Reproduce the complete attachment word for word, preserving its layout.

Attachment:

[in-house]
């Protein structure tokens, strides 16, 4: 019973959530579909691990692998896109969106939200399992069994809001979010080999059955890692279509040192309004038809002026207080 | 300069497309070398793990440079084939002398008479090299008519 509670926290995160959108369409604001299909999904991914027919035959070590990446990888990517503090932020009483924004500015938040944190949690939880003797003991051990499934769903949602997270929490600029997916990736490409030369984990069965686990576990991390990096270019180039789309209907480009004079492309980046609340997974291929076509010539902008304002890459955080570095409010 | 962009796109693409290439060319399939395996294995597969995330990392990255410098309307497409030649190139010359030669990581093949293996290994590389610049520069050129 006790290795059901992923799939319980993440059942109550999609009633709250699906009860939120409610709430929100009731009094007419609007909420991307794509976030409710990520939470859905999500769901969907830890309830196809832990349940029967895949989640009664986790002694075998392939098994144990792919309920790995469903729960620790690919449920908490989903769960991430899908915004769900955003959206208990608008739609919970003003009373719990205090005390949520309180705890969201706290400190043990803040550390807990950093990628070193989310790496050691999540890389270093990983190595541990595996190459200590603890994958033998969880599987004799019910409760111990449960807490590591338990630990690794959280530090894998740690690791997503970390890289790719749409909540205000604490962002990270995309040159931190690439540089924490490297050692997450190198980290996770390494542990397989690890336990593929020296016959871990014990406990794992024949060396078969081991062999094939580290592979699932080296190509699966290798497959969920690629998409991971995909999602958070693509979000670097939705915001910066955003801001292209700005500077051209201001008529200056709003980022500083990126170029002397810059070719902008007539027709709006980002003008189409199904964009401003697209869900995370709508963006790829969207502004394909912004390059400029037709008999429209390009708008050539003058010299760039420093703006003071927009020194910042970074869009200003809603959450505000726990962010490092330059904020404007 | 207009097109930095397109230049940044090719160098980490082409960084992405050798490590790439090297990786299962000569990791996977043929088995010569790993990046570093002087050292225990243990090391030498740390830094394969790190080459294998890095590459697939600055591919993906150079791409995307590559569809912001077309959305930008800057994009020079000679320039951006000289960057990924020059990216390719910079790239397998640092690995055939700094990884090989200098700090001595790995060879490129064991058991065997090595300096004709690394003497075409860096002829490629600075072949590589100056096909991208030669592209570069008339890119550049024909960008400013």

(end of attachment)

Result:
[in-house]
């Protein structure tokens, strides 16, 4: 019973959530579909691990692998896109969106939200399992069994809001979010080999059955890692279509040192309004038809002026207080 | 300069497309070398793990440079084939002398008479090299008519 509670926290995160959108369409604001299909999904991914027919035959070590990446990888990517503090932020009483924004500015938040944190949690939880003797003991051990499934769903949602997270929490600029997916990736490409030369984990069965686990576990991390990096270019180039789309209907480009004079492309980046609340997974291929076509010539902008304002890459955080570095409010 | 962009796109693409290439060319399939395996294995597969995330990392990255410098309307497409030649190139010359030669990581093949293996290994590389610049520069050129 006790290795059901992923799939319980993440059942109550999609009633709250699906009860939120409610709430929100009731009094007419609007909420991307794509976030409710990520939470859905999500769901969907830890309830196809832990349940029967895949989640009664986790002694075998392939098994144990792919309920790995469903729960620790690919449920908490989903769960991430899908915004769900955003959206208990608008739609919970003003009373719990205090005390949520309180705890969201706290400190043990803040550390807990950093990628070193989310790496050691999540890389270093990983190595541990595996190459200590603890994958033998969880599987004799019910409760111990449960807490590591338990630990690794959280530090894998740690690791997503970390890289790719749409909540205000604490962002990270995309040159931190690439540089924490490297050692997450190198980290996770390494542990397989690890336990593929020296016959871990014990406990794992024949060396078969081991062999094939580290592979699932080296190509699966290798497959969920690629998409991971995909999602958070693509979000670097939705915001910066955003801001292209700005500077051209201001008529200056709003980022500083990126170029002397810059070719902008007539027709709006980002003008189409199904964009401003697209869900995370709508963006790829969207502004394909912004390059400029037709008999429209390009708008050539003058010299760039420093703006003071927009020194910042970074869009200003809603959450505000726990962010490092330059904020404007 | 207009097109930095397109230049940044090719160098980490082409960084992405050798490590790439090297990786299962000569990791996977043929088995010569790993990046570093002087050292225990243990090391030498740390830094394969790190080459294998890095590459697939600055591919993906150079791409995307590559569809912001077309959305930008800057994009020079000679320039951006000289960057990924020059990216390719910079790239397998640092690995055939700094990884090989200098700090001595790995060879490129064991058991065997090595300096004709690394003497075409860096002829490629600075072949590589100056096909991208030669592209570069008339890119550049024909960008400013």